In several news reports, EHL staff spoke out against the devastation of San Onofre State Beach by the proposed Foothill tollroad. Also, EHL Board Member Jane Block was extensively profiled in the Riverside Press Enterprise.

In the December 7, 2005 Orange County Register (“Agency picks route for 241 tollway extension”), EHL Executive Director Dan Silver stated, “We're really concerned with the catastrophic impact on the state park, plus all the other affected habitat to the north. To say they picked the least damaging is kind of like saying, ‘Which of my four arms and legs do I want to remove?’”

EHL Staff Attorney Michael Fitts explained to readers of the San Diego Union Tribune (“Toll road extension vote delayed a week,” January 13, 2006) that the tollroad agency’s data on impacted structures – cited as the reason for rejecting the alternative of widening Interstate 5 – was, according to an engineering study, grossly exaggerated.

In the Los Angeles Times (“With a State Park at Stake, Opponents of O.C. Tollway Extension Offer Directions,” January 13, 2006) Fitts was quoted: “Feasible non-toll-road alternatives exist. Our results shatter the TCA's numbers.”

Similar comments were made in the North County Times of Jan. 18, 2006 (“Toll road studies challenge Orange County agency findings”). “We believe the (Transportation Corridor Agencies’) numbers simply can't be trusted,” said Michael Fitts, an attorney with the Endangered Habitat League. “In fact we believe they’re wrong.”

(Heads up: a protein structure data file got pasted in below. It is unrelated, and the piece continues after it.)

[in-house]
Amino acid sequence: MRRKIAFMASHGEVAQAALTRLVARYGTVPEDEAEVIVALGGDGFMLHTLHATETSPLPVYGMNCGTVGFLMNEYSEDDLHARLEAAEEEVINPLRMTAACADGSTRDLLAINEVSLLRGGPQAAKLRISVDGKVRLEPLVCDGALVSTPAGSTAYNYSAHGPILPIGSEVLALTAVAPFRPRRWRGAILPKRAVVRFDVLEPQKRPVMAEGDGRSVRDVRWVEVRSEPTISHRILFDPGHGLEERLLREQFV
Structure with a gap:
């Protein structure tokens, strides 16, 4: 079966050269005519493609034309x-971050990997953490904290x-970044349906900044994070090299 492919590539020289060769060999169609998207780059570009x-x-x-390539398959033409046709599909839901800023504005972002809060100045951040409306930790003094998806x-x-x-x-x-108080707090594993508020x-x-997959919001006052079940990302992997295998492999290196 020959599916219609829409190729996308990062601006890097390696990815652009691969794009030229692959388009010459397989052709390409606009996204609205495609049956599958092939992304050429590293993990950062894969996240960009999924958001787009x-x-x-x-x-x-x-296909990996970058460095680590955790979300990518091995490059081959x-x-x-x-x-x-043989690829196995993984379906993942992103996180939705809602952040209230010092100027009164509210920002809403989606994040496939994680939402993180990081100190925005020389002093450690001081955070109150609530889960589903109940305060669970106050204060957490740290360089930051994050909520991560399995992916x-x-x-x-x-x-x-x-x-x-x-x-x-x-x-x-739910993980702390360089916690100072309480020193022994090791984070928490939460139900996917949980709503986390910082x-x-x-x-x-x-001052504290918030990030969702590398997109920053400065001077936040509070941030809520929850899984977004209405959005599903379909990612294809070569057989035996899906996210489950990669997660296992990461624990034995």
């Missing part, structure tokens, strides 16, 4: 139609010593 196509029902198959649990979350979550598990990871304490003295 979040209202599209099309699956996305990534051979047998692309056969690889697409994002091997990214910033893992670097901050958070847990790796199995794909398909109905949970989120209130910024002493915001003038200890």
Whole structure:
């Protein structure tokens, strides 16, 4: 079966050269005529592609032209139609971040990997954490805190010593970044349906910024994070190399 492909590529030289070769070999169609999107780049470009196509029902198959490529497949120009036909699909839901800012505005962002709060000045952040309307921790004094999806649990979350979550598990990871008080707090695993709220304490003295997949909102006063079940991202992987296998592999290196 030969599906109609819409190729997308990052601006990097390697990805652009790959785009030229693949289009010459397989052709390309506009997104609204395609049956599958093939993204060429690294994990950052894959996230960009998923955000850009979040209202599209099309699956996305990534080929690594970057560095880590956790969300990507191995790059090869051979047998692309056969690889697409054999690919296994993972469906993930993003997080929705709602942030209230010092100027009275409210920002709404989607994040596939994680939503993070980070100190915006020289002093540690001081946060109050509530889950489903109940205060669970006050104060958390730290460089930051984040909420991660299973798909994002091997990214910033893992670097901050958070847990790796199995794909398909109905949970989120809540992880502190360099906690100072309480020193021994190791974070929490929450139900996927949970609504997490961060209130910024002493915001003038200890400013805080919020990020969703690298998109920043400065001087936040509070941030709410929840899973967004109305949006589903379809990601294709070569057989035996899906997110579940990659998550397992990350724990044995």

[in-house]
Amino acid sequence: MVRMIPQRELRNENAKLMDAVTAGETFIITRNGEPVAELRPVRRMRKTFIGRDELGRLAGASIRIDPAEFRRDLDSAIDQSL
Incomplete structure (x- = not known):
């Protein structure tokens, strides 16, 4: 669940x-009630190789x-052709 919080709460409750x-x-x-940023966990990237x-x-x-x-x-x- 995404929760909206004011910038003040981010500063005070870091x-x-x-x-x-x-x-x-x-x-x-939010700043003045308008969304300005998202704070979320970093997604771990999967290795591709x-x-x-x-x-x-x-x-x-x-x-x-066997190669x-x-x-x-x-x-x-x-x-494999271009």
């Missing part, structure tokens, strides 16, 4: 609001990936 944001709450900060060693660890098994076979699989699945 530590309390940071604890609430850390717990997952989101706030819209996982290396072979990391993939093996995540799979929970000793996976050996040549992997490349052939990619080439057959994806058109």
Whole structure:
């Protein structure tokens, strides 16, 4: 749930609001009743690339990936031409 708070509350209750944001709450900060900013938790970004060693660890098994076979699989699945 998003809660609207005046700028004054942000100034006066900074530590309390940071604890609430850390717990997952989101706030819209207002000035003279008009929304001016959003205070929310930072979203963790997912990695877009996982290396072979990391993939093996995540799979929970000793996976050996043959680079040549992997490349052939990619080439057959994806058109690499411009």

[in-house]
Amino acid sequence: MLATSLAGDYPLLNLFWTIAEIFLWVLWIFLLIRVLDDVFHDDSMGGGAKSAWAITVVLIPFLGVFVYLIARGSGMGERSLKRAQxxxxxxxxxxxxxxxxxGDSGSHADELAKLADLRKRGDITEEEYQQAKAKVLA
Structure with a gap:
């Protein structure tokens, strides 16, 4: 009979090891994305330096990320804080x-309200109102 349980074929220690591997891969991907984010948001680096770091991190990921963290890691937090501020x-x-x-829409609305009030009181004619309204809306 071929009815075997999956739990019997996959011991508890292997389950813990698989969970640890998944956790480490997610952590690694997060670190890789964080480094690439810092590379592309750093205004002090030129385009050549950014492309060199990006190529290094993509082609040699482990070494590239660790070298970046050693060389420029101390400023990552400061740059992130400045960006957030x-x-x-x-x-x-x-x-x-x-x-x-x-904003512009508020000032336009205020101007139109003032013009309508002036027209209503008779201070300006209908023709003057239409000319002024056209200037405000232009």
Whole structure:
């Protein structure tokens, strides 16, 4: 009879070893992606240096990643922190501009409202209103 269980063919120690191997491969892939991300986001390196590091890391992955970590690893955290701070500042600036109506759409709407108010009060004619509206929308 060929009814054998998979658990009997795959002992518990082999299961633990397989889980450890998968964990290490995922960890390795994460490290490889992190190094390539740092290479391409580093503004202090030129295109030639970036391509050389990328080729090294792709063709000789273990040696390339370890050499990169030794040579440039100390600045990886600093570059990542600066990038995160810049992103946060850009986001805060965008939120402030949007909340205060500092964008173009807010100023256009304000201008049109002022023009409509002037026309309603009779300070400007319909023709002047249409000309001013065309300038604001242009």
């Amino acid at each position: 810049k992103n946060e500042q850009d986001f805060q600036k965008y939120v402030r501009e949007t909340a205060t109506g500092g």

On January 12, 2005, the Riverside Press Enterprise ran a major profile of EHL Board Member Jane Block – “A fight for Box Springs Canyon led Jane Block to activism” – along with a half page color photo of Jane overlooking one of her conservation projects in San Timoteo Canyon. The article detailed Jane’s extraordinary range of accomplishments, from environmental protection at the Santa Rosa Plateau to women’s health and childcare to local political campaigns. Her collaboration, community engagement, and tenacity are a model for us all.